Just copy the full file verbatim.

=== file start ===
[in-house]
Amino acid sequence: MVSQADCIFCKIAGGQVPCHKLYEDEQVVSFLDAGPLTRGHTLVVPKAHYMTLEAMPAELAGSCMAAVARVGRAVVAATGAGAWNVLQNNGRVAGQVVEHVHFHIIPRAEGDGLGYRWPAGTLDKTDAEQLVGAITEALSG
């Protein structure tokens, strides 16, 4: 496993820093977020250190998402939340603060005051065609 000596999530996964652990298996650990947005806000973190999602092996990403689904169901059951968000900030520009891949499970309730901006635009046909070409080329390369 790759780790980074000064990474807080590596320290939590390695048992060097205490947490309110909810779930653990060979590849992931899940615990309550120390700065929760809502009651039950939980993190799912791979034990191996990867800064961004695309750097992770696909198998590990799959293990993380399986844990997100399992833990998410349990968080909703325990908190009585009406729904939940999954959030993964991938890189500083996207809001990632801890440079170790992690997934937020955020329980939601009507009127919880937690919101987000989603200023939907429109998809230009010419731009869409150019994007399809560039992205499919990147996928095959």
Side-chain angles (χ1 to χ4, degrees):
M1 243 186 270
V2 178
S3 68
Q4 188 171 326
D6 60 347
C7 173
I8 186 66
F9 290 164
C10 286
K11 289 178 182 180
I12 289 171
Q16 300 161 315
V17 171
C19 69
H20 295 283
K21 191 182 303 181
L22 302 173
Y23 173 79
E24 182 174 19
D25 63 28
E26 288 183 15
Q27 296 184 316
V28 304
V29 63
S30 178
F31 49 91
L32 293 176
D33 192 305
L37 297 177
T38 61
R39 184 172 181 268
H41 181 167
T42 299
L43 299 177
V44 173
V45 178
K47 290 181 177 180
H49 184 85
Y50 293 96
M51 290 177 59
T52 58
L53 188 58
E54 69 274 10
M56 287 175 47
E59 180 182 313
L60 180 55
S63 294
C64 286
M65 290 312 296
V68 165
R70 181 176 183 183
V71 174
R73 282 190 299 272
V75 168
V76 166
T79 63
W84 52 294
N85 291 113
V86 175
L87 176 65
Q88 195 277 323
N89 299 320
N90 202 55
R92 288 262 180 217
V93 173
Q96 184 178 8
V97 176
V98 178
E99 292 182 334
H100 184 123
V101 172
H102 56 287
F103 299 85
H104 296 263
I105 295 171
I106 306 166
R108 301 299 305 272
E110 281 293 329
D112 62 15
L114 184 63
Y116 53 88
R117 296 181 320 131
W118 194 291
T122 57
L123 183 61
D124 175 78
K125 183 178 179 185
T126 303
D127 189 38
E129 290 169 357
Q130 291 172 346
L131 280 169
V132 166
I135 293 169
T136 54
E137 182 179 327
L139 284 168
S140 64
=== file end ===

[in-house]
Amino acid sequence: MVSQADCIFCKIAGGQVPCHKLYEDEQVVSFLDAGPLTRGHTLVVPKAHYMTLEAMPAELAGSCMAAVARVGRAVVAATGAGAWNVLQNNGRVAGQVVEHVHFHIIPRAEGDGLGYRWPAGTLDKTDAEQLVGAITEALSG
């Protein structure tokens, strides 16, 4: 496993820093977020250190998402939340603060005051065609 000596999530996964652990298996650990947005806000973190999602092996990403689904169901059951968000900030520009891949499970309730901006635009046909070409080329390369 790759780790980074000064990474807080590596320290939590390695048992060097205490947490309110909810779930653990060979590849992931899940615990309550120390700065929760809502009651039950939980993190799912791979034990191996990867800064961004695309750097992770696909198998590990799959293990993380399986844990997100399992833990998410349990968080909703325990908190009585009406729904939940999954959030993964991938890189500083996207809001990632801890440079170790992690997934937020955020329980939601009507009127919880937690919101987000989603200023939907429109998809230009010419731009869409150019994007399809560039992205499919990147996928095959």
Side-chain angles (χ1 to χ4, degrees):
M1 243 186 270
V2 178
S3 68
Q4 188 171 326
D6 60 347
C7 173
I8 186 66
F9 290 164
C10 286
K11 289 178 182 180
I12 289 171
Q16 300 161 315
V17 171
C19 69
H20 295 283
K21 191 182 303 181
L22 302 173
Y23 173 79
E24 182 174 19
D25 63 28
E26 288 183 15
Q27 296 184 316
V28 304
V29 63
S30 178
F31 49 91
L32 293 176
D33 192 305
L37 297 177
T38 61
R39 184 172 181 268
H41 181 167
T42 299
L43 299 177
V44 173
V45 178
K47 290 181 177 180
H49 184 85
Y50 293 96
M51 290 177 59
T52 58
L53 188 58
E54 69 274 10
M56 287 175 47
E59 180 182 313
L60 180 55
S63 294
C64 286
M65 290 312 296
V68 165
R70 181 176 183 183
V71 174
R73 282 190 299 272
V75 168
V76 166
T79 63
W84 52 294
N85 291 113
V86 175
L87 176 65
Q88 195 277 323
N89 299 320
N90 202 55
R92 288 262 180 217
V93 173
Q96 184 178 8
V97 176
V98 178
E99 292 182 334
H100 184 123
V101 172
H102 56 287
F103 299 85
H104 296 263
I105 295 171
I106 306 166
R108 301 299 305 272
E110 281 293 329
D112 62 15
L114 184 63
Y116 53 88
R117 296 181 320 131
W118 194 291
T122 57
L123 183 61
D124 175 78
K125 183 178 179 185
T126 303
D127 189 38
E129 290 169 357
Q130 291 172 346
L131 280 169
V132 166
I135 293 169
T136 54
E137 182 179 327
L139 284 168
S140 64